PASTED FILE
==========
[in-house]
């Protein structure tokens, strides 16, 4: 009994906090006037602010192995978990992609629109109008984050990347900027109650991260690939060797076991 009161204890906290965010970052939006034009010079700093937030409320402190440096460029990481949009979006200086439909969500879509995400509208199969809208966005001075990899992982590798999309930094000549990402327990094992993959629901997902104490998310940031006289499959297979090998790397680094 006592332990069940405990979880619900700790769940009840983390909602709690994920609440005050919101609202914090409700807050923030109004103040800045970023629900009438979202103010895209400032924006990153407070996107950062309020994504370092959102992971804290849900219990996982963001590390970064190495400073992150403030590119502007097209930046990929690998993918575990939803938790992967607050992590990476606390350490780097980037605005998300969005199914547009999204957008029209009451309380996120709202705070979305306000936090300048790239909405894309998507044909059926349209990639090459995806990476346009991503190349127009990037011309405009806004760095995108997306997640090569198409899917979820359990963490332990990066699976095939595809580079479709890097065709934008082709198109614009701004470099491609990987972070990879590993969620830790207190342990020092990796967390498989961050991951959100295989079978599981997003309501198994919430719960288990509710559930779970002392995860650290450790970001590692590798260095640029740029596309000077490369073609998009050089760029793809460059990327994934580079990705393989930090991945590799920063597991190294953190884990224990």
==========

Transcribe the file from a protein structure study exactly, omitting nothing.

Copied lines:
[in-house]
């Protein structure tokens, strides 16, 4: 009994906090006037602010192995978990992609629109109008984050990347900027109650991260690939060797076991 009161204890906290965010970052939006034009010079700093937030409320402190440096460029990481949009979006200086439909969500879509995400509208199969809208966005001075990899992982590798999309930094000549990402327990094992993959629901997902104490998310940031006289499959297979090998790397680094 006592332990069940405990979880619900700790769940009840983390909602709690994920609440005050919101609202914090409700807050923030109004103040800045970023629900009438979202103010895209400032924006990153407070996107950062309020994504370092959102992971804290849900219990996982963001590390970064190495400073992150403030590119502007097209930046990929690998993918575990939803938790992967607050992590990476606390350490780097980037605005998300969005199914547009999204957008029209009451309380996120709202705070979305306000936090300048790239909405894309998507044909059926349209990639090459995806990476346009991503190349127009990037011309405009806004760095995108997306997640090569198409899917979820359990963490332990990066699976095939595809580079479709890097065709934008082709198109614009701004470099491609990987972070990879590993969620830790207190342990020092990796967390498989961050991951959100295989079978599981997003309501198994919430719960288990509710559930779970002392995860650290450790970001590692590798260095640029740029596309000077490369073609998009050089760029793809460059990327994934580079990705393989930090991945590799920063597991190294953190884990224990």